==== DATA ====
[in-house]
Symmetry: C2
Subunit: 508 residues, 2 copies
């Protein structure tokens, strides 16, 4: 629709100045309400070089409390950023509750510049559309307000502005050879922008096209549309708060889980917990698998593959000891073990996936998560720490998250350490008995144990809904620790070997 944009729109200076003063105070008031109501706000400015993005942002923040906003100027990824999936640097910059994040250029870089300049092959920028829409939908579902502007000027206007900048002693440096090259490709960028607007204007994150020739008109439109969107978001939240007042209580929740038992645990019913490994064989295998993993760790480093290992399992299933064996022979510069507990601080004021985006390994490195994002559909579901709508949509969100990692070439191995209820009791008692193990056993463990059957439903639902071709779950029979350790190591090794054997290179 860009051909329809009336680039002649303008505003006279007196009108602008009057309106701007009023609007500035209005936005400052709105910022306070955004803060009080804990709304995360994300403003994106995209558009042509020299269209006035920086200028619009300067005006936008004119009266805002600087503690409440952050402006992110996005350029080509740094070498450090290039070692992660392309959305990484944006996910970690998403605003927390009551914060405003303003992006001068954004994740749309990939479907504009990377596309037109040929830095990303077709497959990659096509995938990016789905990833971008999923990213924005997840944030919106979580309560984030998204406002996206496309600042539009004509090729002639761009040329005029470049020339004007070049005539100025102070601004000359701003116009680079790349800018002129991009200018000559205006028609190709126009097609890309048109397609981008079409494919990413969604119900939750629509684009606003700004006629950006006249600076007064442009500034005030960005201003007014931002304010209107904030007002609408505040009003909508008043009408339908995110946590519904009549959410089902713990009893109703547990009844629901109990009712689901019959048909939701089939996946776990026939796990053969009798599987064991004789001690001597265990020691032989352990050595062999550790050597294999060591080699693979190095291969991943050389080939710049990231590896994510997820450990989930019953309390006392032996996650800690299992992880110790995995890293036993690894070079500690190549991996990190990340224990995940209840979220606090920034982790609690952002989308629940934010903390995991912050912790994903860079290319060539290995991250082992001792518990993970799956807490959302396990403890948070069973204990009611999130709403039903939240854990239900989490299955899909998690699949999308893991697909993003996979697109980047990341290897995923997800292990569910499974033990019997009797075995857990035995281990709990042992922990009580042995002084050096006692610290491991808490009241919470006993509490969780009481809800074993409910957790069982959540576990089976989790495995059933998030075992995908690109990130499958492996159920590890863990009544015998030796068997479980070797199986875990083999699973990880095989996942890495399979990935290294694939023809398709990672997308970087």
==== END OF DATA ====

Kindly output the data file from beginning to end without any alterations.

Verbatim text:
[in-house]
Symmetry: C2
Subunit: 508 residues, 2 copies
């Protein structure tokens, strides 16, 4: 629709100045309400070089409390950023509750510049559309307000502005050879922008096209549309708060889980917990698998593959000891073990996936998560720490998250350490008995144990809904620790070997 944009729109200076003063105070008031109501706000400015993005942002923040906003100027990824999936640097910059994040250029870089300049092959920028829409939908579902502007000027206007900048002693440096090259490709960028607007204007994150020739008109439109969107978001939240007042209580929740038992645990019913490994064989295998993993760790480093290992399992299933064996022979510069507990601080004021985006390994490195994002559909579901709508949509969100990692070439191995209820009791008692193990056993463990059957439903639902071709779950029979350790190591090794054997290179 860009051909329809009336680039002649303008505003006279007196009108602008009057309106701007009023609007500035209005936005400052709105910022306070955004803060009080804990709304995360994300403003994106995209558009042509020299269209006035920086200028619009300067005006936008004119009266805002600087503690409440952050402006992110996005350029080509740094070498450090290039070692992660392309959305990484944006996910970690998403605003927390009551914060405003303003992006001068954004994740749309990939479907504009990377596309037109040929830095990303077709497959990659096509995938990016789905990833971008999923990213924005997840944030919106979580309560984030998204406002996206496309600042539009004509090729002639761009040329005029470049020339004007070049005539100025102070601004000359701003116009680079790349800018002129991009200018000559205006028609190709126009097609890309048109397609981008079409494919990413969604119900939750629509684009606003700004006629950006006249600076007064442009500034005030960005201003007014931002304010209107904030007002609408505040009003909508008043009408339908995110946590519904009549959410089902713990009893109703547990009844629901109990009712689901019959048909939701089939996946776990026939796990053969009798599987064991004789001690001597265990020691032989352990050595062999550790050597294999060591080699693979190095291969991943050389080939710049990231590896994510997820450990989930019953309390006392032996996650800690299992992880110790995995890293036993690894070079500690190549991996990190990340224990995940209840979220606090920034982790609690952002989308629940934010903390995991912050912790994903860079290319060539290995991250082992001792518990993970799956807490959302396990403890948070069973204990009611999130709403039903939240854990239900989490299955899909998690699949999308893991697909993003996979697109980047990341290897995923997800292990569910499974033990019997009797075995857990035995281990709990042992922990009580042995002084050096006692610290491991808490009241919470006993509490969780009481809800074993409910957790069982959540576990089976989790495995059933998030075992995908690109990130499958492996159920590890863990009544015998030796068997479980070797199986875990083999699973990880095989996942890495399979990935290294694939023809398709990672997308970087």